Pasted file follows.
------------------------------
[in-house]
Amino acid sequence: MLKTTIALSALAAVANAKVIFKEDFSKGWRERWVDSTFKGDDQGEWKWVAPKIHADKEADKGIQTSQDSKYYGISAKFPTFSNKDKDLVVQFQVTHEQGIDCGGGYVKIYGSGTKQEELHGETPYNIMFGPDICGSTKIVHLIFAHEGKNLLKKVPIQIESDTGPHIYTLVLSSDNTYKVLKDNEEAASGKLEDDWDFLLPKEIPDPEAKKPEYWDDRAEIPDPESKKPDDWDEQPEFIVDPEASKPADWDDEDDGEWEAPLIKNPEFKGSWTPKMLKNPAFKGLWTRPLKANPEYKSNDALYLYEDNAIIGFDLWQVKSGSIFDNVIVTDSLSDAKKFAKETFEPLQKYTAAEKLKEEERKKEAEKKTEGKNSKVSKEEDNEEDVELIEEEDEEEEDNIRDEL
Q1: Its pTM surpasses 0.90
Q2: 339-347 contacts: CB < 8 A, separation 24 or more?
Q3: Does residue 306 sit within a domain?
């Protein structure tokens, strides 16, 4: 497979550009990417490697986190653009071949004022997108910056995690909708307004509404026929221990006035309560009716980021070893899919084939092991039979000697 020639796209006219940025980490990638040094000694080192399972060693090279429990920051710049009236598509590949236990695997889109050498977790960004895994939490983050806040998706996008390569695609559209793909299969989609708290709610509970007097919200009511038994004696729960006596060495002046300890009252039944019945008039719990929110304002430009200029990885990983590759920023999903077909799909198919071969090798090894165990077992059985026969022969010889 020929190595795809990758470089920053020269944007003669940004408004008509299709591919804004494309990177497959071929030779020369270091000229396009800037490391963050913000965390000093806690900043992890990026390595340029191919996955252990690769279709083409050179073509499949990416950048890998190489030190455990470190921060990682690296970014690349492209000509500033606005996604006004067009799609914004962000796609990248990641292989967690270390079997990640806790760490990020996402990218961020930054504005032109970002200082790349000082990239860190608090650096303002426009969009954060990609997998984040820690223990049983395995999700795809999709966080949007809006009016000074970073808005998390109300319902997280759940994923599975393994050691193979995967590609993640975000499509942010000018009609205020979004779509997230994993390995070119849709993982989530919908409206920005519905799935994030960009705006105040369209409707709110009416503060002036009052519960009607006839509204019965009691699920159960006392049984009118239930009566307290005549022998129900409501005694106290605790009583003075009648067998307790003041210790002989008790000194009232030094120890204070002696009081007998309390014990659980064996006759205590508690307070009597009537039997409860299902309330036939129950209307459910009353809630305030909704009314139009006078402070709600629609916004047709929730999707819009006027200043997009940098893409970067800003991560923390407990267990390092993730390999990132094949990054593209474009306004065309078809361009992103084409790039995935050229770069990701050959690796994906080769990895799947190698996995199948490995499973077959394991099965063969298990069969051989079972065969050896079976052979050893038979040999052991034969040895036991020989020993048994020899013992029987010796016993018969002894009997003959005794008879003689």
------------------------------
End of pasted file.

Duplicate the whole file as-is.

[in-house]
Amino acid sequence: MLKTTIALSALAAVANAKVIFKEDFSKGWRERWVDSTFKGDDQGEWKWVAPKIHADKEADKGIQTSQDSKYYGISAKFPTFSNKDKDLVVQFQVTHEQGIDCGGGYVKIYGSGTKQEELHGETPYNIMFGPDICGSTKIVHLIFAHEGKNLLKKVPIQIESDTGPHIYTLVLSSDNTYKVLKDNEEAASGKLEDDWDFLLPKEIPDPEAKKPEYWDDRAEIPDPESKKPDDWDEQPEFIVDPEASKPADWDDEDDGEWEAPLIKNPEFKGSWTPKMLKNPAFKGLWTRPLKANPEYKSNDALYLYEDNAIIGFDLWQVKSGSIFDNVIVTDSLSDAKKFAKETFEPLQKYTAAEKLKEEERKKEAEKKTEGKNSKVSKEEDNEEDVELIEEEDEEEEDNIRDEL
Q1: Its pTM surpasses 0.90
Q2: 339-347 contacts: CB < 8 A, separation 24 or more?
Q3: Does residue 306 sit within a domain?
């Protein structure tokens, strides 16, 4: 497979550009990417490697986190653009071949004022997108910056995690909708307004509404026929221990006035309560009716980021070893899919084939092991039979000697 020639796209006219940025980490990638040094000694080192399972060693090279429990920051710049009236598509590949236990695997889109050498977790960004895994939490983050806040998706996008390569695609559209793909299969989609708290709610509970007097919200009511038994004696729960006596060495002046300890009252039944019945008039719990929110304002430009200029990885990983590759920023999903077909799909198919071969090798090894165990077992059985026969022969010889 020929190595795809990758470089920053020269944007003669940004408004008509299709591919804004494309990177497959071929030779020369270091000229396009800037490391963050913000965390000093806690900043992890990026390595340029191919996955252990690769279709083409050179073509499949990416950048890998190489030190455990470190921060990682690296970014690349492209000509500033606005996604006004067009799609914004962000796609990248990641292989967690270390079997990640806790760490990020996402990218961020930054504005032109970002200082790349000082990239860190608090650096303002426009969009954060990609997998984040820690223990049983395995999700795809999709966080949007809006009016000074970073808005998390109300319902997280759940994923599975393994050691193979995967590609993640975000499509942010000018009609205020979004779509997230994993390995070119849709993982989530919908409206920005519905799935994030960009705006105040369209409707709110009416503060002036009052519960009607006839509204019965009691699920159960006392049984009118239930009566307290005549022998129900409501005694106290605790009583003075009648067998307790003041210790002989008790000194009232030094120890204070002696009081007998309390014990659980064996006759205590508690307070009597009537039997409860299902309330036939129950209307459910009353809630305030909704009314139009006078402070709600629609916004047709929730999707819009006027200043997009940098893409970067800003991560923390407990267990390092993730390999990132094949990054593209474009306004065309078809361009992103084409790039995935050229770069990701050959690796994906080769990895799947190698996995199948490995499973077959394991099965063969298990069969051989079972065969050896079976052979050893038979040999052991034969040895036991020989020993048994020899013992029987010796016993018969002894009997003959005794008879003689």